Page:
Concealing the Mechanism: The Addition and Rehabilitation of Roanoke's Norfolk and Western Passenger Train Station


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Virginia Tech


Few would deny the importance of preserving our natural landscapes. However, the man-made landscape is just as worthy of preservation/reuse. Buildings represent a language from their past, portraying the builder's concerns and values. Buildings express their characteristics in time, space, and social context. Their presence and conversely, their absence, have a direct impact on their surroundings.

Architecture has been continually enriched through change and dialogue, such as additions, interventions, and renovations of existing buildings. Many buildings exist today that have been poorly maintained, abandoned or the building has been demolished. This has led to the slow deterioration of the basic urban fabric and its framework, causing the overall quality and character of the building and/or its surroundings to become depressing and unattractive.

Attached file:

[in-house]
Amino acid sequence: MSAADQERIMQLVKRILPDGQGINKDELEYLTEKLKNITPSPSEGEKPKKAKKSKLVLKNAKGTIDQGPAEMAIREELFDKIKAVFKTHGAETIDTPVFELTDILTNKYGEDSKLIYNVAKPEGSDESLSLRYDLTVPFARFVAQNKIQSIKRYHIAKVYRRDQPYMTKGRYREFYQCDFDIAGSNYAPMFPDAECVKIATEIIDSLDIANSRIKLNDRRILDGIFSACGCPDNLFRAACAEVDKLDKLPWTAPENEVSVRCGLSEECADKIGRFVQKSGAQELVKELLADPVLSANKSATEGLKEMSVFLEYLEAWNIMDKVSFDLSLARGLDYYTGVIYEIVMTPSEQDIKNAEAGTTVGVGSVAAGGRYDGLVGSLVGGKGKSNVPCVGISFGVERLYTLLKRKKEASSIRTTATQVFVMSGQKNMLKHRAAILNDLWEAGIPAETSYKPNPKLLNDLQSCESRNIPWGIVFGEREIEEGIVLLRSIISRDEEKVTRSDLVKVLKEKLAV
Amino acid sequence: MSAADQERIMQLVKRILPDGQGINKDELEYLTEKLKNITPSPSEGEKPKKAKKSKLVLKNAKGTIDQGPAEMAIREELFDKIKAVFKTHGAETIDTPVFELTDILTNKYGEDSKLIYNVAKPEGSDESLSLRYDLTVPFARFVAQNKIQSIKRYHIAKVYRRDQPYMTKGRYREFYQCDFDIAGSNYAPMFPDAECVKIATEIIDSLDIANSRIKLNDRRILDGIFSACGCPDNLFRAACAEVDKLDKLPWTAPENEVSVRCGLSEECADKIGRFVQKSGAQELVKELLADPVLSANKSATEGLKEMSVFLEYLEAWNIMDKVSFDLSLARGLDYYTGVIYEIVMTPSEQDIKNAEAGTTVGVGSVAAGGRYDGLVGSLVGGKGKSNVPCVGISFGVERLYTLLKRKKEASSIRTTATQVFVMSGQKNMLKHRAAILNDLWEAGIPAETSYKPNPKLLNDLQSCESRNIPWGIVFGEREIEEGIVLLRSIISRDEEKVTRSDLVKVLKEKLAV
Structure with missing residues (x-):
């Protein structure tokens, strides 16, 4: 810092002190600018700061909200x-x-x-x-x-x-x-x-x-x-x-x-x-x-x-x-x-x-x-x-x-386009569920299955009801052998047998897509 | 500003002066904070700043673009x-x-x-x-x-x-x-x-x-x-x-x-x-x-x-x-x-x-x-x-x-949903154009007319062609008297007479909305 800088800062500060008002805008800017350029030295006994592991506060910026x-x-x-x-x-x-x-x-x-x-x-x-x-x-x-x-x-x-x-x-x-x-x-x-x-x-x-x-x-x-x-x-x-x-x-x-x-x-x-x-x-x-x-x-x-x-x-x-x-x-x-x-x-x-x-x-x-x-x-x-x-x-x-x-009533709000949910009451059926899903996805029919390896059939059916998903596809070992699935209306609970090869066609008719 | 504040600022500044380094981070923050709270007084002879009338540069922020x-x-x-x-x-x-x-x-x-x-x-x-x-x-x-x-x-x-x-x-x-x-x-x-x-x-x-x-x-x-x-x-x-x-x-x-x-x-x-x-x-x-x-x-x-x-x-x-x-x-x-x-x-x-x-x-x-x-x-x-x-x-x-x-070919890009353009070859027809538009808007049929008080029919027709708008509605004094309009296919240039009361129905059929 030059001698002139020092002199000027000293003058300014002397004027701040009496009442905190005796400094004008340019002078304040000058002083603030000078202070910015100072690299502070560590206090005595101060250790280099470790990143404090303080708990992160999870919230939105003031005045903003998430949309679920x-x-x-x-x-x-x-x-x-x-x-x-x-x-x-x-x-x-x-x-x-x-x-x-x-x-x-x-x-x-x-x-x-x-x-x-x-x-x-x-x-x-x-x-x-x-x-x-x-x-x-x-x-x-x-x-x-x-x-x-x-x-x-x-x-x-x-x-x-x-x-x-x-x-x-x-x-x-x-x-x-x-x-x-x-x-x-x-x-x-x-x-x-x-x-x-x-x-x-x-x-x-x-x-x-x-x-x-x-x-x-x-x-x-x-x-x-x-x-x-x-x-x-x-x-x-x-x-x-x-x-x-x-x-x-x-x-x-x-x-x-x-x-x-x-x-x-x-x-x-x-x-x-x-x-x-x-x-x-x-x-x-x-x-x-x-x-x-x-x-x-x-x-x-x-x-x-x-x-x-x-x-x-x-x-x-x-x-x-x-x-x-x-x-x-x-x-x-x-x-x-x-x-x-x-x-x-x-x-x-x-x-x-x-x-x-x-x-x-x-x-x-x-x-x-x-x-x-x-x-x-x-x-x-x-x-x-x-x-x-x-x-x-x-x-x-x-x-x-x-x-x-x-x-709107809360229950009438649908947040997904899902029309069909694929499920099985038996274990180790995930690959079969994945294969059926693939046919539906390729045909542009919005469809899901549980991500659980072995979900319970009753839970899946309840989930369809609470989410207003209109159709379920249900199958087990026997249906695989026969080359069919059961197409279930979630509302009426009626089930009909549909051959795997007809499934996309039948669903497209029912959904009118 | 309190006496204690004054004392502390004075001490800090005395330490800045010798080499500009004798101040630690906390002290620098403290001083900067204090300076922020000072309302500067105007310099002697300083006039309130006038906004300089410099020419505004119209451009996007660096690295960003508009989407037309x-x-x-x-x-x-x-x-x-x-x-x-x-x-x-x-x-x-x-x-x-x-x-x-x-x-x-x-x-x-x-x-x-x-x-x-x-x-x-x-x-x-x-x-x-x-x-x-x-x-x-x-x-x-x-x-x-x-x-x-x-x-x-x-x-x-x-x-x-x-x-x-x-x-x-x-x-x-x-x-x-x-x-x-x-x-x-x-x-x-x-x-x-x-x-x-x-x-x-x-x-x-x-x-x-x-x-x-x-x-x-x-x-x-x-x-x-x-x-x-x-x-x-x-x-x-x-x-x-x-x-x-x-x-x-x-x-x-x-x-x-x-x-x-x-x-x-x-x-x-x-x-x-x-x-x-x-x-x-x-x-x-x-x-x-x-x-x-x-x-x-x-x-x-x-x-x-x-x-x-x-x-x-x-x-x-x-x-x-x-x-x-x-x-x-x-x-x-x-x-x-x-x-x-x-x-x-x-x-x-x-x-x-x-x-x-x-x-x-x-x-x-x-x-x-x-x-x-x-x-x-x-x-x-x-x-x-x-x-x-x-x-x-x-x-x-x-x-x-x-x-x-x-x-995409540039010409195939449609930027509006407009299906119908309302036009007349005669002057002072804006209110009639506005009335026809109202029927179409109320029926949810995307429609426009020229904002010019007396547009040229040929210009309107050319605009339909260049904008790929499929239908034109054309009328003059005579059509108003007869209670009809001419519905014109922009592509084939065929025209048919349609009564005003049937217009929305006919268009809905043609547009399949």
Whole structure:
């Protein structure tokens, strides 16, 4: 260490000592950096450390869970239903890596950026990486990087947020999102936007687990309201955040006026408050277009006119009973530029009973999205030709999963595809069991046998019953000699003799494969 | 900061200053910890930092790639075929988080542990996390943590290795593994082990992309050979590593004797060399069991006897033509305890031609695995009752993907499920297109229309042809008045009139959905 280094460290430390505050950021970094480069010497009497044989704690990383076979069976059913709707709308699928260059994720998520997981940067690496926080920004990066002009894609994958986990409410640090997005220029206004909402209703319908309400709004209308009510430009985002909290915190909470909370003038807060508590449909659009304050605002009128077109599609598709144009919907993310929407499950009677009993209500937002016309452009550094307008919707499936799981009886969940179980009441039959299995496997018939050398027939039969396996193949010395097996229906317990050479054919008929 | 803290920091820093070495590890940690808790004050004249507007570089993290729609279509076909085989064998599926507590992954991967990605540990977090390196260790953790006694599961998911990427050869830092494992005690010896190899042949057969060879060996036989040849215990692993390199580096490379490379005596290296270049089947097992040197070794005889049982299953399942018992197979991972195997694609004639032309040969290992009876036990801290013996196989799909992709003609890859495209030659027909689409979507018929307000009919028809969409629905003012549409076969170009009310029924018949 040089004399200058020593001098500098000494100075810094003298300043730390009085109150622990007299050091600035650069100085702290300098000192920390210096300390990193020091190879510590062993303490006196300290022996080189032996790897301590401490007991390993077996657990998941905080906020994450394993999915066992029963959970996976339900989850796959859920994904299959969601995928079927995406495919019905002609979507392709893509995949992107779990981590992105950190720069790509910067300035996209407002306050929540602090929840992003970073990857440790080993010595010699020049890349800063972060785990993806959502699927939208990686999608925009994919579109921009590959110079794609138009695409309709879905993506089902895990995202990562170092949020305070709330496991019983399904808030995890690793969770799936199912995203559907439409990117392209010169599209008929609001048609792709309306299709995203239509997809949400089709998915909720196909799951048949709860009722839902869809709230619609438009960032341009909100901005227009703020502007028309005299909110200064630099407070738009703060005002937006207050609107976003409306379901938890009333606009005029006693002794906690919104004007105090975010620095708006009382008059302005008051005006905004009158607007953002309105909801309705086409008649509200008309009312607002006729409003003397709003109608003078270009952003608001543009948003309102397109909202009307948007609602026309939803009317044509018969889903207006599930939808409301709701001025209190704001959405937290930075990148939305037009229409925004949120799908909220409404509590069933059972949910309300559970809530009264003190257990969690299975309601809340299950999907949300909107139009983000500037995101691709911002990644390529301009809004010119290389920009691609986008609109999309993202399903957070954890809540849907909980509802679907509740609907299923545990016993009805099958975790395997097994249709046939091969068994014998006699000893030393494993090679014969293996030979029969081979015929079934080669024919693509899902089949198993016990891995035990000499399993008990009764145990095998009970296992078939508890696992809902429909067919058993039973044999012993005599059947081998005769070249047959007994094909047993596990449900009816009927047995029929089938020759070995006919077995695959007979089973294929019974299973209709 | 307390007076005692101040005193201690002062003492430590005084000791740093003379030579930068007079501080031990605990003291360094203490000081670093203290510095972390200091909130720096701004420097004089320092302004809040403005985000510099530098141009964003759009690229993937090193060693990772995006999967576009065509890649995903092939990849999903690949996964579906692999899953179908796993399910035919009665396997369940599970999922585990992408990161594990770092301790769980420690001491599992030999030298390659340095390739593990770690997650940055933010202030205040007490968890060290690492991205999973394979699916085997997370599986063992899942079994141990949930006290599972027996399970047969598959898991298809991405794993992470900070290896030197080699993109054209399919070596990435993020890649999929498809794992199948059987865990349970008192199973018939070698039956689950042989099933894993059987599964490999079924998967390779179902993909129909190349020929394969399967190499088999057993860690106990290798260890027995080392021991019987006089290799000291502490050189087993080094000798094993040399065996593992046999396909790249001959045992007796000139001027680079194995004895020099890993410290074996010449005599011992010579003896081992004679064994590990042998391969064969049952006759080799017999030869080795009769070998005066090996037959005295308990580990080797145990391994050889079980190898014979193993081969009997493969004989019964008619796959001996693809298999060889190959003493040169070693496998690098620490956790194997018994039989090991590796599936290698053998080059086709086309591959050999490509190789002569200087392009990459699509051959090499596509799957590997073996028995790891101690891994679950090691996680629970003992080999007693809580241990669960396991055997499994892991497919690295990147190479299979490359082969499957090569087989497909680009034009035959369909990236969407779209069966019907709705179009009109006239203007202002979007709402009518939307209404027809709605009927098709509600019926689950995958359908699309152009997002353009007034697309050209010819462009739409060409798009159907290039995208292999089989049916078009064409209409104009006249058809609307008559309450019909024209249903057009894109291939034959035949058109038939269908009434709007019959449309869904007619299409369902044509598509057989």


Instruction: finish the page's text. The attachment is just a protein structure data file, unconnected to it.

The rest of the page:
By rejuvenating/preserving the total environment, as well as, implementing the current design trends, life and history is restored. The challenge and goal of my thesis is to illustrate the positive effect this transformation cycle has on an urban space.

I propose to renovate the historic Norfolk and Western Passenger Train Station located in downtown Roanoke, Virginia, and design an addition onto the building. The train station will serve as a cultural center for the city of Roanoke. By researching and analyzing the history and formal implications of the passenger train station, a sense of harmony, balance, and unity is achieved with the new function of the old space, and therefore, the quality of the existing building is enhanced.



Adaptive Reuse, Urban Renewal